Saturday 18 August 2018

Stars opt for different paths from busy road

Moran straight back to coalface while Silke heads for US, writes Donnchadh Boyle

Sean Moran. Photo: Sportsfile
Sean Moran. Photo: Sportsfile
Donnchadh Boyle

Donnchadh Boyle

There's is no right answer to the conundrum faced by Liam Silke and Sean Moran.

Theirs are broadly similar stories where for a few seasons now long club journeys have been followed by a near immediate return to county action.

Liam Silke. Photo: Sportsfile
Liam Silke. Photo: Sportsfile

And after they helped steer Corofin and Cuala to respective club success earlier this year, they had to make a difficult decision.

Stick with your sport and try and keep the momentum going or twist and try something new.

The two men have taken different paths.

Moran is going back in with the Dublin hurlers. Back-to-back All-Ireland successes mean he has been on the go pretty much non-stop for more than two years.

In 2017, there were just six weeks between their breakthrough All-Ireland win and their first round of the Dublin championship.

This year was much more taxing. After their replay with Limerick champions Na Piarsaigh and the restructuring in Dublin, Cuala had just a fortnight before they were in championship action again.

Moran acknowledges there is a mental toll to this sort of treadmill but opted to go again with Pat Gilroy on the basis that an inter-county career is short.

"It's a tough turnaround," Moran reflected. "And it's tougher mentally than it is physically. Physically you can get through it. But once you get right mentally, once you say to yourself, 'I want to be here and I want to add to this set-up, I want to bring on Dublin hurling.' Once you're in that frame of mind, there's no issue really.

"You get a short chance in life to win things with your club and your county and the window was probably… there are more players coming in at a younger age. Your window is narrowing as time goes on. So you really need to make the most of it while you can."

Silke's club year ended on St Patrick's Day with a second All-Ireland title - a third overall for Corofin - and he has plenty of miles on the clock.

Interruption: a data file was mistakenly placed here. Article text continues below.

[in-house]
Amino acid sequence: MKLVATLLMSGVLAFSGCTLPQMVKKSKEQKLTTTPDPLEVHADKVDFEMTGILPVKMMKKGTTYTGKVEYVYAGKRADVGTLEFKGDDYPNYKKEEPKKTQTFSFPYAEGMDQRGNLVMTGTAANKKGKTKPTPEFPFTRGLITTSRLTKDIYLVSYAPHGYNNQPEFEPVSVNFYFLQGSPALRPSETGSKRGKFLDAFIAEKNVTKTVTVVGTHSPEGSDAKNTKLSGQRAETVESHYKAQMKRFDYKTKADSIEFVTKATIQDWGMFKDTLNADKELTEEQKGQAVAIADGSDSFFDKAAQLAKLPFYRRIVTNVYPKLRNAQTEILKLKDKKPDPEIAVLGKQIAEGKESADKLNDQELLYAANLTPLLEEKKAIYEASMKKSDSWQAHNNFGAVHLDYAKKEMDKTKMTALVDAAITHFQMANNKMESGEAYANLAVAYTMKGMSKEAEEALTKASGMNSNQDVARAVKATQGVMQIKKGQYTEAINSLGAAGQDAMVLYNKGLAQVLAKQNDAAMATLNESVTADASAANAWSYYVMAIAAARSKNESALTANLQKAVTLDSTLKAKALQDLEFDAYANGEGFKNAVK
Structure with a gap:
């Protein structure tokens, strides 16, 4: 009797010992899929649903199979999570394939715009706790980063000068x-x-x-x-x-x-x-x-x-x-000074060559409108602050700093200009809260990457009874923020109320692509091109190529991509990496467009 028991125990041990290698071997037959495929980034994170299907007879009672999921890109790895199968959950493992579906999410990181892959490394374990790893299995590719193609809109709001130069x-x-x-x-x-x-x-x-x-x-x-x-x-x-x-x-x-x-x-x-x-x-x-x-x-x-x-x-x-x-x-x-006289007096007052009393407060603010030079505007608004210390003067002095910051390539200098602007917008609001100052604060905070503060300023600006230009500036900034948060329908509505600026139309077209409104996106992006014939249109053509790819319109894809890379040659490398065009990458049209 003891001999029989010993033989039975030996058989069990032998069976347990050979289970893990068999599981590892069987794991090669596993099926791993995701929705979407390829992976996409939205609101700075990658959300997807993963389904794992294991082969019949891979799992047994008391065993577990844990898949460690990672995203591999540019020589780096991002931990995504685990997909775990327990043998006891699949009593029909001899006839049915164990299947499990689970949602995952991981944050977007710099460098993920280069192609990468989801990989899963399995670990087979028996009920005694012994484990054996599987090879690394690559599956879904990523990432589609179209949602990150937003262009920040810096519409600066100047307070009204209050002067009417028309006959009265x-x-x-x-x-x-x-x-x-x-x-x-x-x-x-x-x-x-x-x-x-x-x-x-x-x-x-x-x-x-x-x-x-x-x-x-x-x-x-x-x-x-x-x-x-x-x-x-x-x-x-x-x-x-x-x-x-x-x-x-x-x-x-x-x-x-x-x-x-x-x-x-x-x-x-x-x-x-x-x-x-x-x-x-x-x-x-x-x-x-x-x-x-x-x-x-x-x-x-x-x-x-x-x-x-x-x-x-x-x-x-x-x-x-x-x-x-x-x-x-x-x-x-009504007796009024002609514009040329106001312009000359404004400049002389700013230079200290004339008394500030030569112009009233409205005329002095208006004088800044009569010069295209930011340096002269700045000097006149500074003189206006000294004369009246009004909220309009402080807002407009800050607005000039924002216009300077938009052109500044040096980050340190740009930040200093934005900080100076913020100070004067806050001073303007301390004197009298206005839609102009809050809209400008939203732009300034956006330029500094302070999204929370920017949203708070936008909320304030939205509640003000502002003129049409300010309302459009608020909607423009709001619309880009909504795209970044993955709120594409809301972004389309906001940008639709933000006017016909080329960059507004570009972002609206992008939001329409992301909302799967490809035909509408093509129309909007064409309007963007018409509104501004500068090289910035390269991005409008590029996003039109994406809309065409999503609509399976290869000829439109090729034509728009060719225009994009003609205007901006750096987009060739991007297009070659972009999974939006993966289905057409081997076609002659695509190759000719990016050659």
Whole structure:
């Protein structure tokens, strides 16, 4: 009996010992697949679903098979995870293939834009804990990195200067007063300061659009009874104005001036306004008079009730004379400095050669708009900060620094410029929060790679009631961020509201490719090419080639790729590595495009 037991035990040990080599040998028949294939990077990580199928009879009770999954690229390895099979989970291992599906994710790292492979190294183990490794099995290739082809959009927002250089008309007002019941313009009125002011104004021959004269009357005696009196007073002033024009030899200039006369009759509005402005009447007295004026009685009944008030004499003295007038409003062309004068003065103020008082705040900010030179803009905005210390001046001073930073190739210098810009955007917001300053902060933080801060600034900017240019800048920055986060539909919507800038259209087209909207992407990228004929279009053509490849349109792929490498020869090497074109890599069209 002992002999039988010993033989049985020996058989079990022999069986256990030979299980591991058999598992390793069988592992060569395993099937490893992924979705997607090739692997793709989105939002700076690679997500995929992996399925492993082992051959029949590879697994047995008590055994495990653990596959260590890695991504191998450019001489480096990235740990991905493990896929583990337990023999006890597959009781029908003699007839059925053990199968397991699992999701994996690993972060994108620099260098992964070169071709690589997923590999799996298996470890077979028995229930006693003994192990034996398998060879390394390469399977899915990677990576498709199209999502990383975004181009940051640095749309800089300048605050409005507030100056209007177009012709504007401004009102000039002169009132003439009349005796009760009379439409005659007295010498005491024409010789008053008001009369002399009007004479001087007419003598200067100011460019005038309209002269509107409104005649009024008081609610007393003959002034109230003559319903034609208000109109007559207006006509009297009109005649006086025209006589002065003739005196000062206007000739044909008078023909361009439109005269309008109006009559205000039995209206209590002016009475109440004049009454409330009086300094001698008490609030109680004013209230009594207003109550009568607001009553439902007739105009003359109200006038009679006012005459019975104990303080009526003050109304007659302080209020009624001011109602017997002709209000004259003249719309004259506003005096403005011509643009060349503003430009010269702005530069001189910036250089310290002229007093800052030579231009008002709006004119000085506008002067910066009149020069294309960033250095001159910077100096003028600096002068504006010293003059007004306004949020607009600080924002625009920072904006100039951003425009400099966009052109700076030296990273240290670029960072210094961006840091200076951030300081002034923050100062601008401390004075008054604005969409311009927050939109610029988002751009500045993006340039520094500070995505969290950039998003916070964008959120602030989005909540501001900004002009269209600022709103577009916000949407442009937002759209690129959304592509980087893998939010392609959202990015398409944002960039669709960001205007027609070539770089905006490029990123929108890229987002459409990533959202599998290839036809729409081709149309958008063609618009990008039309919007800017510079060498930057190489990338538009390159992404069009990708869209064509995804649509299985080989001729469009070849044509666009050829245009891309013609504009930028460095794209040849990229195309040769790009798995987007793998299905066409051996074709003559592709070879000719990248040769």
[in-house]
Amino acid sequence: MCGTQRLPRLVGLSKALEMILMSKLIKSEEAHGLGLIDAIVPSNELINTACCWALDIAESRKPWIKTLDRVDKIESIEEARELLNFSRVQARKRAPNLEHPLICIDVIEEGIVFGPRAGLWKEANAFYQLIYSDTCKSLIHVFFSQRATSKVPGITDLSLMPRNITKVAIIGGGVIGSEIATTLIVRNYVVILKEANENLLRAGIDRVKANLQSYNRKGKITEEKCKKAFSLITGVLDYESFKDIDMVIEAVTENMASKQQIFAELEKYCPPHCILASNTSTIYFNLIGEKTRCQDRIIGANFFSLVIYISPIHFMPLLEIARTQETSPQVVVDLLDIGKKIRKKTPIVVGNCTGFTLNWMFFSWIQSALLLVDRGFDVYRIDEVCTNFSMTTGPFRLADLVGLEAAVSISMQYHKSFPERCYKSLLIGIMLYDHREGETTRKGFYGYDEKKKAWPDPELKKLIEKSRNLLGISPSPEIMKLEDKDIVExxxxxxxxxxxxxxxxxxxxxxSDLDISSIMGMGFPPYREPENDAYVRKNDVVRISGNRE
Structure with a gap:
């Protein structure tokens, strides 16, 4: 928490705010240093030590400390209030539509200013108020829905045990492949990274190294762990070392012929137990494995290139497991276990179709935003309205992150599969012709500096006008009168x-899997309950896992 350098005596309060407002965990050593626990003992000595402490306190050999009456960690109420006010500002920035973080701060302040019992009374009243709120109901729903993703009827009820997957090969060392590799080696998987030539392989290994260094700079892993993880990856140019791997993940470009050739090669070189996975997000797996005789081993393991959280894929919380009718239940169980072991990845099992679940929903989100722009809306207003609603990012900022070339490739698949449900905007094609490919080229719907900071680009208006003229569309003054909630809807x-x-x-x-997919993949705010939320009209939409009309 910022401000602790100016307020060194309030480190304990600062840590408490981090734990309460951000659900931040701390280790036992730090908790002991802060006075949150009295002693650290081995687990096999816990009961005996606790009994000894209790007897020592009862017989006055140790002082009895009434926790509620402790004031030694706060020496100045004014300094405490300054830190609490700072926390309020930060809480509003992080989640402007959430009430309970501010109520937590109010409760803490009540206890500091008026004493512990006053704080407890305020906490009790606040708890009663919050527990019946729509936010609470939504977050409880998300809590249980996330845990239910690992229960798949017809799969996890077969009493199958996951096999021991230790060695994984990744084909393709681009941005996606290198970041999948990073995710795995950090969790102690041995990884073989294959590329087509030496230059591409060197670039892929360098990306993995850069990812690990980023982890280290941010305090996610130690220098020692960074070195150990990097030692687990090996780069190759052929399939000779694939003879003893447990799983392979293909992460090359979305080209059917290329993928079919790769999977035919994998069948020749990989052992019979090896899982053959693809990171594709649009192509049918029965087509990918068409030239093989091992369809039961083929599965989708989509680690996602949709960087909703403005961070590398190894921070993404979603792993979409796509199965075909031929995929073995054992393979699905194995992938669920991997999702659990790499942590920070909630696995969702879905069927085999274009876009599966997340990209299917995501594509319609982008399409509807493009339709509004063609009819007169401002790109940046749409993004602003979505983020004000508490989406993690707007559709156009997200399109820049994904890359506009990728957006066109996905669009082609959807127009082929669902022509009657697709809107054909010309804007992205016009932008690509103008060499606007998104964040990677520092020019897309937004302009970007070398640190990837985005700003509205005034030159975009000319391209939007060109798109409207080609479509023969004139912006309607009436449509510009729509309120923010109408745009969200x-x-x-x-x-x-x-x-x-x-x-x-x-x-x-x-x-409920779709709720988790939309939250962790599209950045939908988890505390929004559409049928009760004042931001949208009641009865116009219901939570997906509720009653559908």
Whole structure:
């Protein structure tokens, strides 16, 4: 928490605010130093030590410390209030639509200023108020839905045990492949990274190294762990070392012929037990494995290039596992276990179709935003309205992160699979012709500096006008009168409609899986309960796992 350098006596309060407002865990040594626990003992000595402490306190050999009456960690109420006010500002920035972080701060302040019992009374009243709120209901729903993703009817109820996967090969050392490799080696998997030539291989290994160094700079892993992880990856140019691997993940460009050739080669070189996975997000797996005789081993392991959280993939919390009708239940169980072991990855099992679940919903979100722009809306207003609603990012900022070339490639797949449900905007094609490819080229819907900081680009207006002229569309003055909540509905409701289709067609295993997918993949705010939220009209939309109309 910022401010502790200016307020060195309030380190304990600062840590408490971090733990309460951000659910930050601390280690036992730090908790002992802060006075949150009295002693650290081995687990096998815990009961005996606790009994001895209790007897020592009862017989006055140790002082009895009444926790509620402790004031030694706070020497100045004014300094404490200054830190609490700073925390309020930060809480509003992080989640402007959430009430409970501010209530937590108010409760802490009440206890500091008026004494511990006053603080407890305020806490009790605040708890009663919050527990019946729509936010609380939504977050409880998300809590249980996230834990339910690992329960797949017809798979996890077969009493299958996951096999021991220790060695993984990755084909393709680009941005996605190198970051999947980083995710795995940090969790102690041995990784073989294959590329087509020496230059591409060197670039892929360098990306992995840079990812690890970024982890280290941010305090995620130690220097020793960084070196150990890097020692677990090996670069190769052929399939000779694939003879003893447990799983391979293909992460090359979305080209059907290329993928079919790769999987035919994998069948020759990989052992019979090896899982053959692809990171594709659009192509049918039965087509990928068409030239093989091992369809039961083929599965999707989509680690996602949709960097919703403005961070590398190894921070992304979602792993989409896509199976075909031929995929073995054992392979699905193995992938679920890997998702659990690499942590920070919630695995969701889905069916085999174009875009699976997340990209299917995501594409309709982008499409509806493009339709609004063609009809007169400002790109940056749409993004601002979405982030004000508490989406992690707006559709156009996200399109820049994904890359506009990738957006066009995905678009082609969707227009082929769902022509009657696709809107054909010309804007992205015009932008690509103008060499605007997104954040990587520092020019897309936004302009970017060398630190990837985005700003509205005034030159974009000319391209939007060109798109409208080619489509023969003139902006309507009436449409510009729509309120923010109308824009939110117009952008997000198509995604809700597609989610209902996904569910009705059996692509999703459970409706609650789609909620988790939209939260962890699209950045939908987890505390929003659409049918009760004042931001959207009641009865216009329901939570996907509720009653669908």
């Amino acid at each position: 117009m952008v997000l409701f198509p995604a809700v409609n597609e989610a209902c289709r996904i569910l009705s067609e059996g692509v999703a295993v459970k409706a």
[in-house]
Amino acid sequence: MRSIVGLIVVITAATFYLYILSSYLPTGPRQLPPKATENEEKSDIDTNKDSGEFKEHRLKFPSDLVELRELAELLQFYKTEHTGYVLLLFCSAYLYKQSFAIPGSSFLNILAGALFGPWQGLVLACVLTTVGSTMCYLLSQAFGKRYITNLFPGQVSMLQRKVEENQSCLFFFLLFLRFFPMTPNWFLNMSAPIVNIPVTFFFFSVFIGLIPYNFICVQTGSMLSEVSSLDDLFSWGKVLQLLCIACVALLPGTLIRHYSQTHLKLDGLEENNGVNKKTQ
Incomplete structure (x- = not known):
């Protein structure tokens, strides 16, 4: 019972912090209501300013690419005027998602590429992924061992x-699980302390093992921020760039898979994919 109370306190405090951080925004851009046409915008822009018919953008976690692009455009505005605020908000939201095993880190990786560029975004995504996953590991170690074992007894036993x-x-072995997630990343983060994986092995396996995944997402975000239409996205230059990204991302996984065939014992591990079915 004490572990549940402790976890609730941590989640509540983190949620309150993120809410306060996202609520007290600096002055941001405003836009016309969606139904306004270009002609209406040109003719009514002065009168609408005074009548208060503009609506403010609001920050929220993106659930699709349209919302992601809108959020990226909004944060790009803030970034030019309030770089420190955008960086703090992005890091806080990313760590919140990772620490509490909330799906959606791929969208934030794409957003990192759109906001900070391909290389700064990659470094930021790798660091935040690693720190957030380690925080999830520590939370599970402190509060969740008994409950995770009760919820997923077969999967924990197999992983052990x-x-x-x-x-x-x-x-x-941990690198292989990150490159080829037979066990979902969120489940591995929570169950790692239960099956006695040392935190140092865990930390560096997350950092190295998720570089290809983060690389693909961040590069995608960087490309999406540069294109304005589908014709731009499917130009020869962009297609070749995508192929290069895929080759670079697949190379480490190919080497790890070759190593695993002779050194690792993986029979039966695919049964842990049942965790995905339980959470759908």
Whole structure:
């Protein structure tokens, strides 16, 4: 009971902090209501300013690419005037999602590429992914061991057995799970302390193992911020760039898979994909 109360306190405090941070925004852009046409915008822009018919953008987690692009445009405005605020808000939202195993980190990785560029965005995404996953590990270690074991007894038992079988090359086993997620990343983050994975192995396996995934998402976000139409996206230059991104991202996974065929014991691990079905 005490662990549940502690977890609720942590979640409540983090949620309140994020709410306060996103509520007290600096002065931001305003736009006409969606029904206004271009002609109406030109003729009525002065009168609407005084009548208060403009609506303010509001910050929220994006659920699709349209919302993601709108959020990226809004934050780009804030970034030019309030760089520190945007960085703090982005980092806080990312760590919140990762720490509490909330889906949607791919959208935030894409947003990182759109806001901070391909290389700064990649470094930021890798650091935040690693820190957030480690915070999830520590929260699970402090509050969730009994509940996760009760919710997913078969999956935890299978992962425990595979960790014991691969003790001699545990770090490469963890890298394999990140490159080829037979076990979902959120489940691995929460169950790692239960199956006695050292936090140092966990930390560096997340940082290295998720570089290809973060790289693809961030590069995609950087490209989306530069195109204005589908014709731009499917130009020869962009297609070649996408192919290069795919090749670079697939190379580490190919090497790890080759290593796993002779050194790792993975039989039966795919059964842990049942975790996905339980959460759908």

Five Galway titles in a row were converted into three Connacht titles, with each of those provincial successes meaning that they were active until at least February with the club. And that's before county U-21 or senior action is added in.

Medicine

Silke is also studying a post-grad in medicine, meaning that even his time away from the GAA is not his own.

With that in mind, he made the call to go to Boston before Christmas. It's a decision, he admits, that has been made more difficult by Galway's excellent league campaign.

"It is kind of hard. It's kind of based on I've gone back to college this year. I'm doing a post-grad in medicine.

"This is the only summer where I have the full three months off. It's kind of my last chance to go away to America so I just want to take that opportunity and I've had a long enough five years with Corofin and Galway. I haven't really had a break.

"I had my mind made up coming up to Christmas and that so I had the decision made. It's harder now seeing how well they have done. You don't know how far they are going to go this year, so definitely I had my mind made up and I wasn't going to change it. It's not as easy seeing as they are doing so well. It's just a risk I have to take I suppose."

Silke's decision was further complicated by the fact that his father Brian is a selector with Kevin Walsh's Galway.

"I would have spoke to my Da first before I spoke to Kevin. From a father's point of view he obviously thinks that it's something I should do too. As a selector he would prefer if I stayed in with the Galway panel obviously.

"But look, he is concerned more about how I feel and my happiness as a father more than a selector.

"He was very understanding about the whole thing."

And he's hoping to return from the trip with a renewed sense of enthusiasm in the way Dublin's Paul Mannion did after his stint in China with his studies.

"I just feel like I need a break more mentally rather than physically so hopefully I will come back and be more eager to get back into the swing of things."

Moran and Silke reflect a conundrum that many find themselves in. There's no right answer, just a choice that has to be made.

Irish Independent

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